Description of Historic Place
The Great West Saddlery Warehouse, a five-storey brick structure built in 1898 and twice expanded by 1909, occupies a corner site near one edge of Winnipeg's historic Exchange District. The City of Winnipeg designation applies to the building on its footprint.
The Great West Saddlery Warehouse is an expansive, modestly detailed manufacturing and storage facility significant because of its association with one of Winnipeg's leading pioneer businesses, as well as its contribution to the physical and functional integrity of the Exchange District National Historic Site of Canada. The practical structure, designed by James McDiarmid in a restrained Romanesque Revival style and made more eclectic through additions and alterations by other architects, is one of a series of ever-larger downtown facilities occupied by the Great West Saddlery Co. At its peak, this vertically integrated enterprise, led from the late 1870s to 1928 by self-made millionaire E.F. Hutchings, had branches across Western Canada and was said to be among the world's largest producers and distributors of harnesses, saddles and related leather goods. To accommodate the firm's growth, Hutchings greatly expanded his four-storey 1898 warehouse to the east and then upward before building another outlet across the street. Together the two facilities are impressive indicators of the business success that could be achieved during Winnipeg's twentieth-century ascendancy as a regional entrepot.
Source: City of Winnipeg Committee on Planning and Community Services Minutes, May 14, 1990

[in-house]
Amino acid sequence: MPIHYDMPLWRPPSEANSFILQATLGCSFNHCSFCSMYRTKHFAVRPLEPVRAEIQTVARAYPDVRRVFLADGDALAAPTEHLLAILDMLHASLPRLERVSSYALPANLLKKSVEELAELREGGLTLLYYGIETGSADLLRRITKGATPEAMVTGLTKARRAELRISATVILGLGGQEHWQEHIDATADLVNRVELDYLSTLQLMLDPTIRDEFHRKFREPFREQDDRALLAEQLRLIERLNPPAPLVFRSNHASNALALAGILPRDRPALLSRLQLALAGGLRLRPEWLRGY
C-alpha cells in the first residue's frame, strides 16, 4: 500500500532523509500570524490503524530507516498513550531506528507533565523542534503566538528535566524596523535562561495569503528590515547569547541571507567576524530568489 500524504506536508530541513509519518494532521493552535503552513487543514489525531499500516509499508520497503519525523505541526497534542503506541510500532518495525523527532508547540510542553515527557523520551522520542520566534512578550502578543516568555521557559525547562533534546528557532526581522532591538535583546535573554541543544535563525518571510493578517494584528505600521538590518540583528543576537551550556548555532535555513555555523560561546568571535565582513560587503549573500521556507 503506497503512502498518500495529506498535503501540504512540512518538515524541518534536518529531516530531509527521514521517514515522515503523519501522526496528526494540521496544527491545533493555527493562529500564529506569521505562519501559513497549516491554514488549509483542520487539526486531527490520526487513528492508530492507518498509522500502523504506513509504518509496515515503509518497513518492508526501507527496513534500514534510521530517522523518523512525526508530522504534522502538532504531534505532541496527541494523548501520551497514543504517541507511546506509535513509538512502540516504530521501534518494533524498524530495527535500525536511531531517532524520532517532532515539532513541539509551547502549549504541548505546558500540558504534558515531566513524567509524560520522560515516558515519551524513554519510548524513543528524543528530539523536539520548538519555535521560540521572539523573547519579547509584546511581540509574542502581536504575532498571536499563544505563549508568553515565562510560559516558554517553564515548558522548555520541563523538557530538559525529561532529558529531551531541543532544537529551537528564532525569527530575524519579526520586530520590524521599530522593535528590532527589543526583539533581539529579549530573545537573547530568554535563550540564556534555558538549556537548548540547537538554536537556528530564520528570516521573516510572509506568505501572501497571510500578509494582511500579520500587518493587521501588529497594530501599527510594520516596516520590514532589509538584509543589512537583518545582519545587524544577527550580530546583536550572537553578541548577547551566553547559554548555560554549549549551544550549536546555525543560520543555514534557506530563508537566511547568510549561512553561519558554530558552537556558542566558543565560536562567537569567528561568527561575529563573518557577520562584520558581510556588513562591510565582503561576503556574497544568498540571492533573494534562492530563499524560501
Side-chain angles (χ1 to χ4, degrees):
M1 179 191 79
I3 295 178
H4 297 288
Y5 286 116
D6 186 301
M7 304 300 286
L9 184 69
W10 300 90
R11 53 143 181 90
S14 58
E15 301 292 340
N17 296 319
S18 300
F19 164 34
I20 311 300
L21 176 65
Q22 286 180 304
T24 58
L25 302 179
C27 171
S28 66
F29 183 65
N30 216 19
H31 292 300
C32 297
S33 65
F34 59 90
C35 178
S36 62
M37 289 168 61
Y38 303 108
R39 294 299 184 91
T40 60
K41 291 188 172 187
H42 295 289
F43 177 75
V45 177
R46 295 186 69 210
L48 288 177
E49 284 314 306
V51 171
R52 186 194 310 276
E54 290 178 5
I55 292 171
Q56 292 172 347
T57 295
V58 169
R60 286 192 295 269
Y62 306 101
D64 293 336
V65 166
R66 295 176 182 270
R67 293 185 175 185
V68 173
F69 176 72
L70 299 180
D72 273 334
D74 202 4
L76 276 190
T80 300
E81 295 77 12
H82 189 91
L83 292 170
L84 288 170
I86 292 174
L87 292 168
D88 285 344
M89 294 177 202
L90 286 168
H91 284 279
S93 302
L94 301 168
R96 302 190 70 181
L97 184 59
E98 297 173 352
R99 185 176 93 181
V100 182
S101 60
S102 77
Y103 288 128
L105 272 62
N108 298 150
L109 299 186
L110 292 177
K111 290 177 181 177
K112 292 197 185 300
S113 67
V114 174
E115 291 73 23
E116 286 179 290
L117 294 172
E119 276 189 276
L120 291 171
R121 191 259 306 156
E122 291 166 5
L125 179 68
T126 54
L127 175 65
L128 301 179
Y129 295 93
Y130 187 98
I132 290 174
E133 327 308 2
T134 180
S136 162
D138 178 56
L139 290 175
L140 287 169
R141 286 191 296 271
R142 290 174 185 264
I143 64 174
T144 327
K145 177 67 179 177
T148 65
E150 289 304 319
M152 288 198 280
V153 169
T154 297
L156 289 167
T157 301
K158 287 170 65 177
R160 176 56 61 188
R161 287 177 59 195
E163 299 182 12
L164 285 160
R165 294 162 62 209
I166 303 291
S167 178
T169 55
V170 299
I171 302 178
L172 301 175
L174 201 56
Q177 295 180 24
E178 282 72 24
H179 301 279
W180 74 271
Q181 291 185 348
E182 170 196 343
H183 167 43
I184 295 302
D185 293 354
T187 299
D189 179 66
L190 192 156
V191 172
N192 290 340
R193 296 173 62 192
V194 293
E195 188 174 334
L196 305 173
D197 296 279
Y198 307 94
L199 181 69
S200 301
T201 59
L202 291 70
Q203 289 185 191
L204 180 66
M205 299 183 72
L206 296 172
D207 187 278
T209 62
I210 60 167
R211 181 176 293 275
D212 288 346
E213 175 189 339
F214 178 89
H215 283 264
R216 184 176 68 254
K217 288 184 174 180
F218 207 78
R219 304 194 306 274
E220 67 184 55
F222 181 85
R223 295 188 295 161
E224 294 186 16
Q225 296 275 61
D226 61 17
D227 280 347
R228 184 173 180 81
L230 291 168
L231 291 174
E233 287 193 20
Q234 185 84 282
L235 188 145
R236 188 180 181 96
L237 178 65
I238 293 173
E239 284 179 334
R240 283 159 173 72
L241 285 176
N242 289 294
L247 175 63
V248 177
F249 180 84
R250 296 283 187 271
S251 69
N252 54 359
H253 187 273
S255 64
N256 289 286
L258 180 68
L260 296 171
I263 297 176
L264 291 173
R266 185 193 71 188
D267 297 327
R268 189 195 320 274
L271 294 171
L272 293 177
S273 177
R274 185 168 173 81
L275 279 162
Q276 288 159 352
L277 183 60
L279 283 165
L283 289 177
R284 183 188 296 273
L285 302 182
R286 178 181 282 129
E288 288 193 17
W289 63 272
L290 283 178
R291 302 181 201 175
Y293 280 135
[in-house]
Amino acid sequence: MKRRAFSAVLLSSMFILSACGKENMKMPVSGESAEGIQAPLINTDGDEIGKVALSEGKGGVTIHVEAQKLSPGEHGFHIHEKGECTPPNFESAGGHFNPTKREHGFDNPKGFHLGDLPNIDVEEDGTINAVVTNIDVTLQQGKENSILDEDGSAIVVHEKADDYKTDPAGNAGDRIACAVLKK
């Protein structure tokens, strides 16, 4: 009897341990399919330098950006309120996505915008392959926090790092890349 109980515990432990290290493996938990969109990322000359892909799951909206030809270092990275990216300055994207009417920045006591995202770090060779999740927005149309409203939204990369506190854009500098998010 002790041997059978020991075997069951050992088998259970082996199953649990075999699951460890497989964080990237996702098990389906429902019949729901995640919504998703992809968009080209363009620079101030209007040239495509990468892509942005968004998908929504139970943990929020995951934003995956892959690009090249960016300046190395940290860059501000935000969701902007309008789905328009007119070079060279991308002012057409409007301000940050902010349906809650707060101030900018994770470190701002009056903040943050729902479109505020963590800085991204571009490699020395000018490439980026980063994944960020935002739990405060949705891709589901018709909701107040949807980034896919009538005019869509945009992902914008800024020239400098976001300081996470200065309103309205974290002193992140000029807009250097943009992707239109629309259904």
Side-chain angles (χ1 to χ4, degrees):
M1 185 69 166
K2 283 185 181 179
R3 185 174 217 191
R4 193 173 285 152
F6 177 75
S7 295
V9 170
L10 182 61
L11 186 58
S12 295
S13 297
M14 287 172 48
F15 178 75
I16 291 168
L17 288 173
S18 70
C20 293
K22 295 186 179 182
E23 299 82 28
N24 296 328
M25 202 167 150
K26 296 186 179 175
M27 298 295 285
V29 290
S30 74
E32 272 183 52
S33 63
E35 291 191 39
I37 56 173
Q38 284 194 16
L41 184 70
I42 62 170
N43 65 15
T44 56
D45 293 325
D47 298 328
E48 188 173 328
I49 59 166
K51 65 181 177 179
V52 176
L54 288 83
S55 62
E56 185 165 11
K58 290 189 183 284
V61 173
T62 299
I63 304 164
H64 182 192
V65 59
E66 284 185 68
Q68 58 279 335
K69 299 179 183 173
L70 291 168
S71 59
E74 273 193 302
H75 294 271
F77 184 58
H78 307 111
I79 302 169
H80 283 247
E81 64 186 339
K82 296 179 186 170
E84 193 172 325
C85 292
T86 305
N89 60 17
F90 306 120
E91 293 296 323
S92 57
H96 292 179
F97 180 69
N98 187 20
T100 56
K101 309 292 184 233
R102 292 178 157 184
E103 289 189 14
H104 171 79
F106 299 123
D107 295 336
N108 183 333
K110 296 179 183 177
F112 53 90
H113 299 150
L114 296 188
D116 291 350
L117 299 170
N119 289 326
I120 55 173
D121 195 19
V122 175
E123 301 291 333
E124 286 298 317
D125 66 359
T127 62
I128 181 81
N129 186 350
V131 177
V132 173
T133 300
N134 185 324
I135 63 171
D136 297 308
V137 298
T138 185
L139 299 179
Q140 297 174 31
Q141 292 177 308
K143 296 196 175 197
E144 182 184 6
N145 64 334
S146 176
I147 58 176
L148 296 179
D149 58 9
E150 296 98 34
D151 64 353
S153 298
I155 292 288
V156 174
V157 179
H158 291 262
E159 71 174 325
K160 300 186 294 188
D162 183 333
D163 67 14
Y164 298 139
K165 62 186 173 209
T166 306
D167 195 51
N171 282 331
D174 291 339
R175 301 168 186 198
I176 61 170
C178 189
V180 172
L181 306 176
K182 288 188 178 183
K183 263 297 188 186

Key elements that define the Great West Saddlery Warehouse site include:
- the location on the south side of Market Avenue and Bertha Street
- the structure's full occupancy of its site and its similarity in scale, design, materials and function with other large warehouses nearby, including its physical and visual associations with the Great West Saddlery Building at 113 Market Avenue
Key exterior elements that define the warehouse's eclectic, incremental design include:
- the massive rectangular five-storey form composed of two sections, including an east annex (1903)
- the materials and mill construction, including the stone foundation, walls finished in red brick at the front and buff-coloured brick at the sides and rear, and flat roof, all around a heavy wooden superstructure
- the many large windows in orderly vertical alignment on the front, east and rear elevations, mostly paired and flat-headed, some in wood frames, a few with classical mouldings, and including a front bay of round-arched second- to fifth-floor openings with fanlights in the 1898 section, etc.
- the front, integrated through the complementary designs of its two sections, both delineated by brick pilasters with raised capitals and a corbelled cornice with a modest stone-capped parapet
- the treatment of the modified front main floor, including the trio of round-arched windows between end entranceways in stone surrounds, most notably a fine 1929 Art Deco frontispiece of ashlar limestone
- the front detailing, including rough-cut stone lintels and windowsills, brick window heads and spandrel panels, and, in the 1898 section, brick and stone window arches, patterned brickwork, etc.
- the east elevation, well lit, with pilasters, corbels and window heads all of brick; smooth-cut stone sills
- the rear elevation's loading doors, segmental-arched windows, rusticated stone sills, etc.
- the plainly massed, five-bay west wall with brick pilasters capped by stone above the roofline, painted advertisements at the north corner, etc.